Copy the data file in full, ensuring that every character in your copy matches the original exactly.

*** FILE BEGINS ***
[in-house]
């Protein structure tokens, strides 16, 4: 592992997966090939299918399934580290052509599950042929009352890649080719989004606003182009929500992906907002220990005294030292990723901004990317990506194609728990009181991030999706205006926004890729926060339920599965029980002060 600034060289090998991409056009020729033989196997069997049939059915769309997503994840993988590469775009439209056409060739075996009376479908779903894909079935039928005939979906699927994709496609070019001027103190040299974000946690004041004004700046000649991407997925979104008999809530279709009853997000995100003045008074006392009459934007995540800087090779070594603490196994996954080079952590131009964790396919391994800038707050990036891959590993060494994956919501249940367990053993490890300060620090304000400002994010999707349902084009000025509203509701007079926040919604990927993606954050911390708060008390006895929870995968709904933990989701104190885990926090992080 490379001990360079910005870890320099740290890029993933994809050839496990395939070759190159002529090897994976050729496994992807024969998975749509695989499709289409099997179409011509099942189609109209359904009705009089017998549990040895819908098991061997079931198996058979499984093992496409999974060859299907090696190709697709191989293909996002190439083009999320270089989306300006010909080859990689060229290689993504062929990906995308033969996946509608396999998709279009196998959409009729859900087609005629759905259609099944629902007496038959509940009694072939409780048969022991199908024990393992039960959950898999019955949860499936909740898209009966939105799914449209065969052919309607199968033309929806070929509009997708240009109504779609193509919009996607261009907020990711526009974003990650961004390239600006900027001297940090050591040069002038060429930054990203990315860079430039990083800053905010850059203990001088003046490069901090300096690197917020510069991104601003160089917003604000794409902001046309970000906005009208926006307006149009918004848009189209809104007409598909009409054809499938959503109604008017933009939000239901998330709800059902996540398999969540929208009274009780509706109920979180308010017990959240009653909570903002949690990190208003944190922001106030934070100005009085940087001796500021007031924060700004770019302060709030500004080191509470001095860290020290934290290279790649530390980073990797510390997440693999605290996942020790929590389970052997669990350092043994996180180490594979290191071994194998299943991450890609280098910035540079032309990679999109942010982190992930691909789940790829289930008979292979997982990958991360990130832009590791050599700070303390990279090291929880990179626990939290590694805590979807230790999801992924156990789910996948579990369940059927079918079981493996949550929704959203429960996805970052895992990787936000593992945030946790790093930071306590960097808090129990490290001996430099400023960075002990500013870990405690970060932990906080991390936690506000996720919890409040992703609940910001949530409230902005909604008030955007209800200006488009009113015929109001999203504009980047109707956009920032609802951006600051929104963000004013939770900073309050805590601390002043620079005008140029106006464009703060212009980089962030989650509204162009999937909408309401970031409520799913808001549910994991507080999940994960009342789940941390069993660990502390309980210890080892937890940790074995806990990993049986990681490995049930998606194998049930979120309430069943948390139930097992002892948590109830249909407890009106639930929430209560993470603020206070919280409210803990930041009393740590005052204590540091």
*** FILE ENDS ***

[in-house]
């Protein structure tokens, strides 16, 4: 592992997966090939299918399934580290052509599950042929009352890649080719989004606003182009929500992906907002220990005294030292990723901004990317990506194609728990009181991030999706205006926004890729926060339920599965029980002060 600034060289090998991409056009020729033989196997069997049939059915769309997503994840993988590469775009439209056409060739075996009376479908779903894909079935039928005939979906699927994709496609070019001027103190040299974000946690004041004004700046000649991407997925979104008999809530279709009853997000995100003045008074006392009459934007995540800087090779070594603490196994996954080079952590131009964790396919391994800038707050990036891959590993060494994956919501249940367990053993490890300060620090304000400002994010999707349902084009000025509203509701007079926040919604990927993606954050911390708060008390006895929870995968709904933990989701104190885990926090992080 490379001990360079910005870890320099740290890029993933994809050839496990395939070759190159002529090897994976050729496994992807024969998975749509695989499709289409099997179409011509099942189609109209359904009705009089017998549990040895819908098991061997079931198996058979499984093992496409999974060859299907090696190709697709191989293909996002190439083009999320270089989306300006010909080859990689060229290689993504062929990906995308033969996946509608396999998709279009196998959409009729859900087609005629759905259609099944629902007496038959509940009694072939409780048969022991199908024990393992039960959950898999019955949860499936909740898209009966939105799914449209065969052919309607199968033309929806070929509009997708240009109504779609193509919009996607261009907020990711526009974003990650961004390239600006900027001297940090050591040069002038060429930054990203990315860079430039990083800053905010850059203990001088003046490069901090300096690197917020510069991104601003160089917003604000794409902001046309970000906005009208926006307006149009918004848009189209809104007409598909009409054809499938959503109604008017933009939000239901998330709800059902996540398999969540929208009274009780509706109920979180308010017990959240009653909570903002949690990190208003944190922001106030934070100005009085940087001796500021007031924060700004770019302060709030500004080191509470001095860290020290934290290279790649530390980073990797510390997440693999605290996942020790929590389970052997669990350092043994996180180490594979290191071994194998299943991450890609280098910035540079032309990679999109942010982190992930691909789940790829289930008979292979997982990958991360990130832009590791050599700070303390990279090291929880990179626990939290590694805590979807230790999801992924156990789910996948579990369940059927079918079981493996949550929704959203429960996805970052895992990787936000593992945030946790790093930071306590960097808090129990490290001996430099400023960075002990500013870990405690970060932990906080991390936690506000996720919890409040992703609940910001949530409230902005909604008030955007209800200006488009009113015929109001999203504009980047109707956009920032609802951006600051929104963000004013939770900073309050805590601390002043620079005008140029106006464009703060212009980089962030989650509204162009999937909408309401970031409520799913808001549910994991507080999940994960009342789940941390069993660990502390309980210890080892937890940790074995806990990993049986990681490995049930998606194998049930979120309430069943948390139930097992002892948590109830249909407890009106639930929430209560993470603020206070919280409210803990930041009393740590005052204590540091």